Donald's Encyclopedia of Popular Music
(b Harry Hagg James, 15 March '16, Albany GA; d 5 July '83, Las Vegas) Trumpet, bandleader; father was a circus bandmaster. Played drums at seven, trumpet lessons from age ten, became one of the most popular trumpet players of the century. With Ben Pollack '35--6 he wrote 'Peckin'', which became a dance fad; then a star in the Benny Goodman band '37-- 8, leaving Goodman with his help and blessing to start his own band. He recorded as a leader late '37--early '38 with Count Basie sidemen (eight tracks now on Basie Rhythm on Hep); among the best things he did were small-group records with Lionel Hampton, Teddy Wilson, others: especially beautiful was the two-sided 78 'Just A Mood' '37, with just Wilson, John Simmons on bass, Red Norvo on vibes (Wilson compilation Blue Mood on Hep). But after a slow start his big band was a huge success: his tone was clear and pretty and his technique absolutely secure; in Texas trumpet players were said to quake at the mention of his name, but more to the point he was a good leader, and although he could always swing he saw nothing wrong with sentimentality as long as it was honestly felt. As with many bands, the biggest hits were vocal numbers, and James used vocalists properly rather than as mascots, having arrangements written for them. He famously gave Frank Sinatra his first big break, taking him out of a roadhouse '39 only to lose him to Tommy Dorsey.
His theme 'Ciribiribin' (written in Italy in 1898) was recorded twice '39, once with a Sinatra vocal; other trumpet show-pieces incl. 'Flight Of The Bumble Bee'/'Carnival Of Venice'. The hits began '41 with instrumentals 'Music Makers' (the band was billed as Harry James and his Music Makers) 'You Made Me Love You' (with his beautiful open horn you didn't need the words), two-part 'Trumpet Rhapsody', vocals incl. 'Lament To Love' with Dick Haymes. He hired a string section '41 and for the rest of the decade there were plenty of hits: 'I Don't Want To Walk Without You', 'I've Heard That Song Before' and many more with Helen Forrest; during the musicians' union strike against the record companies '43--4 the Sinatra records were reissued and 'All Or Nothing At All' was big, while 'I'll Get By', recorded '41, was no. 1 for six weeks with Haymes, who had also gone solo by then. From '45 Kitty Kallen sang, hits incl. 'I'm Beginning To See The Light' (an Ellington song; James got a co-writing credit), 'I'll Buy That Dream', 'It's Been A Long, Long Time' (Kallen, b 25 May '22 in Philadelphia, later had a solo career; her lovely 'Little Things Mean A Lot' was no. 1 for nine weeks '54). Further instrumentals incl. 'Strictly Instrumental', 'Velvet Moon', 'Cherry', many more. First married to vocalist Louise Tobin (who heard Sinatra on the radio and tipped Harry off), then to glamour queen Betty Grable '43 (breaking the hearts of countless GIs): she sang on 'I Can't Begin To Tell You' '45 (billed as Ruth Haag), they did a vaudeville act together '53, divorced '65. He played on the soundtrack for Kirk Douglas in film Young Man With A Horn '50; he had appeared in films with Goodman, then several in '40s with his own band, finally The Benny Goodman Story '56. Ray Conniff arranged for him late '40s; Willie Smith on alto sax and trombonist Juan Tizol joined mid-'40s, Louie Bellson '50; they all left to join Duke Ellington '51, known as the Great James Raid (James is said to have asked, 'Can I come too?' Tizol and Smith came back '54).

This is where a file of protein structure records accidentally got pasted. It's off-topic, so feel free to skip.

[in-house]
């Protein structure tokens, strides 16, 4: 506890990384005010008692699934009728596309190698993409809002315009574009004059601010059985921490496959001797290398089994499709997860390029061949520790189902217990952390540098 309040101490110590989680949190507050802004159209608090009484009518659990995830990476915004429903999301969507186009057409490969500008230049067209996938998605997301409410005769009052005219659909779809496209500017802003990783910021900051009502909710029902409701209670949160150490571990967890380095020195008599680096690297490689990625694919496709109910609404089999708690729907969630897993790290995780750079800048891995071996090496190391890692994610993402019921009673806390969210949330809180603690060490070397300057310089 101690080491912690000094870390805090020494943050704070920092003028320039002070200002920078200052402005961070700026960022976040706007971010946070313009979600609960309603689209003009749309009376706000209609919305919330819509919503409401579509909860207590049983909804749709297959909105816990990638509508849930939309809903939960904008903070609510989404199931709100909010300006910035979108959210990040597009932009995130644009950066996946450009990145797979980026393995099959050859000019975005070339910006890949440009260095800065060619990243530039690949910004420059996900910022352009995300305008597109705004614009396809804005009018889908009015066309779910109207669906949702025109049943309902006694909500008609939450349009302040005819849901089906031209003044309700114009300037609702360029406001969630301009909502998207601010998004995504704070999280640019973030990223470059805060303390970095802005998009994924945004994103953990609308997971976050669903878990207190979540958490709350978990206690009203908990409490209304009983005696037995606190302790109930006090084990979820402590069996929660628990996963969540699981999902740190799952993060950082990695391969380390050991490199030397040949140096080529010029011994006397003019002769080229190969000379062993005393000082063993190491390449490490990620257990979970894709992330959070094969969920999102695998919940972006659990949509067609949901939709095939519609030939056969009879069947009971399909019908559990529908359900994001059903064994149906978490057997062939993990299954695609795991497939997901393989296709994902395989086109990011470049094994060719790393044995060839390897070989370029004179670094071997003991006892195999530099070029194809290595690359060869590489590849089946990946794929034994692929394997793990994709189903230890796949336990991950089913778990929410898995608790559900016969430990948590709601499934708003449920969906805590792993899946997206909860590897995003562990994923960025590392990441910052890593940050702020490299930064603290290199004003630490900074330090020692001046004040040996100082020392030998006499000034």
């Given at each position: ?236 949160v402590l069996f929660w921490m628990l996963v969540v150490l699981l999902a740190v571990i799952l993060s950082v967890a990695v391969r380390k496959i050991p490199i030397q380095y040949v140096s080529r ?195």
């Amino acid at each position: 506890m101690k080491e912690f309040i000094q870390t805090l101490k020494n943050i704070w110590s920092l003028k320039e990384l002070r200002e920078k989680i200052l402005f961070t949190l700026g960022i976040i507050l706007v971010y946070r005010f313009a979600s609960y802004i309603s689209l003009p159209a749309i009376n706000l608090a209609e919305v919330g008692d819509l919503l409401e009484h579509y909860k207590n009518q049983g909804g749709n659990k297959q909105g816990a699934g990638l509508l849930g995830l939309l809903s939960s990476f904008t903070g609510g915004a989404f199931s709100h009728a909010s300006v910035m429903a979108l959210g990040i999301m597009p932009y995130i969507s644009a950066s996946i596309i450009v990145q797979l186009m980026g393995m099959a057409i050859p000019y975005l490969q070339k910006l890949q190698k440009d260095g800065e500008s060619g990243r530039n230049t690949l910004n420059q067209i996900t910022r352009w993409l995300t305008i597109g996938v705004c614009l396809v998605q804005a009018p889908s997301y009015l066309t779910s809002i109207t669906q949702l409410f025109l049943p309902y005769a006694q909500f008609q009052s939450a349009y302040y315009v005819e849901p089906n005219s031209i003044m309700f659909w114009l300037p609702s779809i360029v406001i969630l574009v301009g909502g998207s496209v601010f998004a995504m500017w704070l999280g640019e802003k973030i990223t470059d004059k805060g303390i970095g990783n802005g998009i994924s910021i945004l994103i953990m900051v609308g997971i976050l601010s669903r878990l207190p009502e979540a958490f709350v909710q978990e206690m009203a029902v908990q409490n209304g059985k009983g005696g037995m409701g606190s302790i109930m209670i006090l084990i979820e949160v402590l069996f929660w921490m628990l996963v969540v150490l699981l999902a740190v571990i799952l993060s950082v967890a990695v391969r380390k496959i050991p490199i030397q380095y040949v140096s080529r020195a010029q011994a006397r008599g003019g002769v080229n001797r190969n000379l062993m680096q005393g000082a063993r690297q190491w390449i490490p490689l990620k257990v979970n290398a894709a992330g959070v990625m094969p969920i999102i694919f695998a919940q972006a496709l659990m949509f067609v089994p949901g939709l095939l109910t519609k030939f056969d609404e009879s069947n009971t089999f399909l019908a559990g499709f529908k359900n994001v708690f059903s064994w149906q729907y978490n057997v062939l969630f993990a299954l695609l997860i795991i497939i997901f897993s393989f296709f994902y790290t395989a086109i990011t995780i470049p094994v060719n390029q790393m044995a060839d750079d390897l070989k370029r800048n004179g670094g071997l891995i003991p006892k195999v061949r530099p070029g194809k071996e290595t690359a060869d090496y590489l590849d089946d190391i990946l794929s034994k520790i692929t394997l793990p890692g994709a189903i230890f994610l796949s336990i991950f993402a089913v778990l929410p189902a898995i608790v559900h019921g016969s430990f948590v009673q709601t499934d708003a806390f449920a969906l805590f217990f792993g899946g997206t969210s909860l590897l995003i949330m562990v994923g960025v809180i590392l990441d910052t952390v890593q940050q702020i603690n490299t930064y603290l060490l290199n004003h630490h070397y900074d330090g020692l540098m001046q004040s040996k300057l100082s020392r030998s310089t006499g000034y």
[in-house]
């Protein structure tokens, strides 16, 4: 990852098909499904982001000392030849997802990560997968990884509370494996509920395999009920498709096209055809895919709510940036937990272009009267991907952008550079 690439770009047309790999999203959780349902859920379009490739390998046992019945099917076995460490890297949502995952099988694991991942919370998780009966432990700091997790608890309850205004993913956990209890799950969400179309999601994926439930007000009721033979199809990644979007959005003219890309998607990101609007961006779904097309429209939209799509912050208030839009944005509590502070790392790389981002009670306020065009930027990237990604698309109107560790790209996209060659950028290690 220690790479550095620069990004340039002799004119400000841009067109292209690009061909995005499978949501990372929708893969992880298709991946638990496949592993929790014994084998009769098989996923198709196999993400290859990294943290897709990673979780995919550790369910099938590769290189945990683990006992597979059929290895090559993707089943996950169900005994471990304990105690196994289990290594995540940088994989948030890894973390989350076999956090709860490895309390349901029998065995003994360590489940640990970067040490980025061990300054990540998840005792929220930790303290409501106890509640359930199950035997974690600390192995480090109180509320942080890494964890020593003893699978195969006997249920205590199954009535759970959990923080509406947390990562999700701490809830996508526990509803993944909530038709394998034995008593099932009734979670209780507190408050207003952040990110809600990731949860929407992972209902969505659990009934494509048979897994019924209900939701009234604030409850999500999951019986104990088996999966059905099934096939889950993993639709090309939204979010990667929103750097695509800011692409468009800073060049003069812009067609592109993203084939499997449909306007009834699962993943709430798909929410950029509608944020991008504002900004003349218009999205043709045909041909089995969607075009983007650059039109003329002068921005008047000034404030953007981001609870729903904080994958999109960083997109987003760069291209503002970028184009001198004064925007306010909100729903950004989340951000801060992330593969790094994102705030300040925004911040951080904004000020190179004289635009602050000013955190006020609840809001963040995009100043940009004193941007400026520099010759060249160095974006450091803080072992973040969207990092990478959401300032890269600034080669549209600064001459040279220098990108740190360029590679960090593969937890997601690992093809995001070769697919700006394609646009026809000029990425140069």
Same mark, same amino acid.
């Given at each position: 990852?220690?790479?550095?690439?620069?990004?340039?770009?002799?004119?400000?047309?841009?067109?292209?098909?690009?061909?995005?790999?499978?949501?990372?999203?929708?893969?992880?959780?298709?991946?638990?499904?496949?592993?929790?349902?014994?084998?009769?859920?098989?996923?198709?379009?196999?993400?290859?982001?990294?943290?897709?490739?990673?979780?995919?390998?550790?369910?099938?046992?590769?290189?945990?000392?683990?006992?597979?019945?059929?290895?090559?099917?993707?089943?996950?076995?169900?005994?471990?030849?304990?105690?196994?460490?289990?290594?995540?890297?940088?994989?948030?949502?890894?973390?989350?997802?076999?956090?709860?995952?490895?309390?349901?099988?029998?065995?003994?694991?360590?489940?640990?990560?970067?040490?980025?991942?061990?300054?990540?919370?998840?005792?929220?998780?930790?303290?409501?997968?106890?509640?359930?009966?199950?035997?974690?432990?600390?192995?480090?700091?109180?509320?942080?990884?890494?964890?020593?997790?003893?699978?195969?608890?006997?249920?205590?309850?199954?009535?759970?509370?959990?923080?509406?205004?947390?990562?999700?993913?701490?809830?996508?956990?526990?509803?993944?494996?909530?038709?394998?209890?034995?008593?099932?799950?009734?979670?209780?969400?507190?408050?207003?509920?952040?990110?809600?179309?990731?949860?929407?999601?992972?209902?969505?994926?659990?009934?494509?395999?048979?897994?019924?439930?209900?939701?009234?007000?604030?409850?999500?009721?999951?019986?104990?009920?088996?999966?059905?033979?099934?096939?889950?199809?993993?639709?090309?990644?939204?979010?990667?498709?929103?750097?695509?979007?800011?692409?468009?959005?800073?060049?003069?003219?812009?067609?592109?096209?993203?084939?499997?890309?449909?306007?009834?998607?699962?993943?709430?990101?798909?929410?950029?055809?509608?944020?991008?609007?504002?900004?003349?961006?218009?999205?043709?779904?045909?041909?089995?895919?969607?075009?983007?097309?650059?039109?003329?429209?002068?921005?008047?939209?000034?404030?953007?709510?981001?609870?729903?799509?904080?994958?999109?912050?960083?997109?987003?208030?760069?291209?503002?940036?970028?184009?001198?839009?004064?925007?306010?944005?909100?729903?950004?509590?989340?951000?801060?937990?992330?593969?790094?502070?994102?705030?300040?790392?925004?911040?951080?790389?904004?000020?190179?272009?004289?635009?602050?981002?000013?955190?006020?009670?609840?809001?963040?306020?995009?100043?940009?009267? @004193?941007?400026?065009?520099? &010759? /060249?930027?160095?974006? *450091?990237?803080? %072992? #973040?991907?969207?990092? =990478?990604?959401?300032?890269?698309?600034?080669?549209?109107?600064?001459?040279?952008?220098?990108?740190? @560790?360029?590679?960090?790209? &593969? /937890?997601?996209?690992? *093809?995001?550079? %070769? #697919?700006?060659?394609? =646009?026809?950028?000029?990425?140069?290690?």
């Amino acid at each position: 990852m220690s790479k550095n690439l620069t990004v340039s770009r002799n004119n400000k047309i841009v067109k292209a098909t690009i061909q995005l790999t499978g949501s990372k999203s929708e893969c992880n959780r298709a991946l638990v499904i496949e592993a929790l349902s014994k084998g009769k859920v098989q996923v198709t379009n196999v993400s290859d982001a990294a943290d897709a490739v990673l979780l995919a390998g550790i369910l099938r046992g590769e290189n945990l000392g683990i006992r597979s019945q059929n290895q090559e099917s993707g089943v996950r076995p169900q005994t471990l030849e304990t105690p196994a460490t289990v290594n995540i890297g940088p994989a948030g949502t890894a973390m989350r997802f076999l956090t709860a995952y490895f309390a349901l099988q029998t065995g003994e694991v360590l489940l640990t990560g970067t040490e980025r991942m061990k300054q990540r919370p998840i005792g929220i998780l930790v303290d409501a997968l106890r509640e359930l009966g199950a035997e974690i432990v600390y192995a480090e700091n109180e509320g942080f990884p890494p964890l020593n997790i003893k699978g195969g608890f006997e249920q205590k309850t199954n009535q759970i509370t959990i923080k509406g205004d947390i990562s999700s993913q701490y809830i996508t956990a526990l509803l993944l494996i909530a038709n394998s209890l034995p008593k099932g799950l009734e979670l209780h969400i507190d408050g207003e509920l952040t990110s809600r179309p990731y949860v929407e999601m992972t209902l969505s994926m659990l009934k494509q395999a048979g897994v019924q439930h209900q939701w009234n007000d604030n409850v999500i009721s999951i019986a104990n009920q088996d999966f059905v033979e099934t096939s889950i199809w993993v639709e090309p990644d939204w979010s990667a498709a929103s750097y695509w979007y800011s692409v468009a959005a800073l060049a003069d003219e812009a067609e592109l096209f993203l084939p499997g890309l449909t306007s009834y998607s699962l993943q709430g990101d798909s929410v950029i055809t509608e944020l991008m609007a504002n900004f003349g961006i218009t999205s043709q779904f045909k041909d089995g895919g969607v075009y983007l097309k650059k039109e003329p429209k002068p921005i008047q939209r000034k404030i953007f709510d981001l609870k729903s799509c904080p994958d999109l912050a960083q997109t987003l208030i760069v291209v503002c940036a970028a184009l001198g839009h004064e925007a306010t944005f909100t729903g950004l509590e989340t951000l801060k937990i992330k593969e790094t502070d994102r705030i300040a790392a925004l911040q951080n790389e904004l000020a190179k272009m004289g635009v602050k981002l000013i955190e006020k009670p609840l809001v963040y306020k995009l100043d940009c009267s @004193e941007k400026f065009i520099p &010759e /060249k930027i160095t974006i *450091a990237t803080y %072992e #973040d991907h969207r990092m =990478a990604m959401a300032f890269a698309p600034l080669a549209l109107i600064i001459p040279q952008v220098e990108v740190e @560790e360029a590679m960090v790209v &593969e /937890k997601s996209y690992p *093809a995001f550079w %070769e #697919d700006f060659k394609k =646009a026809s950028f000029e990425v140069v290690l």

From the mid-'50s he organized bands for tours and long engagements, hiring good people (often featured Buddy Rich), more jazz-oriented (no strings) with arrangers like Ernie Wilkins and Neal Hefti. Three albums direct-cut to master disc '70s by Sheffield Labs were Still Harry After All These Years, The King James Version and Comin' From A Good Place, reissued on CD and in a set as The Sheffield Collection. PeeWee Monte had been Benny Goodman's band manager, switched to James '40 and stayed for the rest of his life (without a contract: James was one of the nicest and most trustworthy people in music). The Monte family recorded the band off the air on transcription discs, and Bandstand Memories 1938 To 1948 is part of the result, three-CD set on Hindsight in amazingly good sound, incl. seven air checks with young Sinatra. Harry James And His Orchestra Featuring Frank Sinatra incl. studio tracks and airchecks, Harry James And His Great Vocalists incl. Haymes, Forrest etc, The Essence Of Harry James tops it up, all on Columbia Legacy.